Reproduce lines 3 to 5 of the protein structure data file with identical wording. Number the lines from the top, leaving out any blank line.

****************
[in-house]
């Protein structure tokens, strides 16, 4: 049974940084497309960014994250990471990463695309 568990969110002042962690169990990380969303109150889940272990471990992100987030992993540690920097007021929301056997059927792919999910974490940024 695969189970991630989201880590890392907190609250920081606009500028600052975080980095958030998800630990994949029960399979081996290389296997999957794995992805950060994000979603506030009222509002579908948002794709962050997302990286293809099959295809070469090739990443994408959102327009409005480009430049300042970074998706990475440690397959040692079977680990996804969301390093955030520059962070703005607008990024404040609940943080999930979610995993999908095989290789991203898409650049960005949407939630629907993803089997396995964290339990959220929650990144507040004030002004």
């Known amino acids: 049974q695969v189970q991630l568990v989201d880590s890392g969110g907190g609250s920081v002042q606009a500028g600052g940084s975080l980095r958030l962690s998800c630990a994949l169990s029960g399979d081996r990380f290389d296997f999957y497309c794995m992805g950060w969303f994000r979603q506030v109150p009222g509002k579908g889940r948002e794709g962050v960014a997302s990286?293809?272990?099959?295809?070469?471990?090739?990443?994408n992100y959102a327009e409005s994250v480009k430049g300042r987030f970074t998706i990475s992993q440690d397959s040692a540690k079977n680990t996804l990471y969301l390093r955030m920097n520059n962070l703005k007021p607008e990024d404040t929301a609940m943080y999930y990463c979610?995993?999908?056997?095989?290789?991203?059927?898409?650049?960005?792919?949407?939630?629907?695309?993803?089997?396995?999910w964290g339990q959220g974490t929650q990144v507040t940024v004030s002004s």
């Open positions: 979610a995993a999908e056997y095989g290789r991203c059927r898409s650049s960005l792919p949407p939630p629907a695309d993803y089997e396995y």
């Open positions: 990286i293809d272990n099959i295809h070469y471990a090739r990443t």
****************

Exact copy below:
């Known amino acids: 049974q695969v189970q991630l568990v989201d880590s890392g969110g907190g609250s920081v002042q606009a500028g600052g940084s975080l980095r958030l962690s998800c630990a994949l169990s029960g399979d081996r990380f290389d296997f999957y497309c794995m992805g950060w969303f994000r979603q506030v109150p009222g509002k579908g889940r948002e794709g962050v960014a997302s990286?293809?272990?099959?295809?070469?471990?090739?990443?994408n992100y959102a327009e409005s994250v480009k430049g300042r987030f970074t998706i990475s992993q440690d397959s040692a540690k079977n680990t996804l990471y969301l390093r955030m920097n520059n962070l703005k007021p607008e990024d404040t929301a609940m943080y999930y990463c979610?995993?999908?056997?095989?290789?991203?059927?898409?650049?960005?792919?949407?939630?629907?695309?993803?089997?396995?999910w964290g339990q959220g974490t929650q990144v507040t940024v004030s002004s």
């Open positions: 979610a995993a999908e056997y095989g290789r991203c059927r898409s650049s960005l792919p949407p939630p629907a695309d993803y089997e396995y």
């Open positions: 990286i293809d272990n099959i295809h070469y471990a090739r990443t």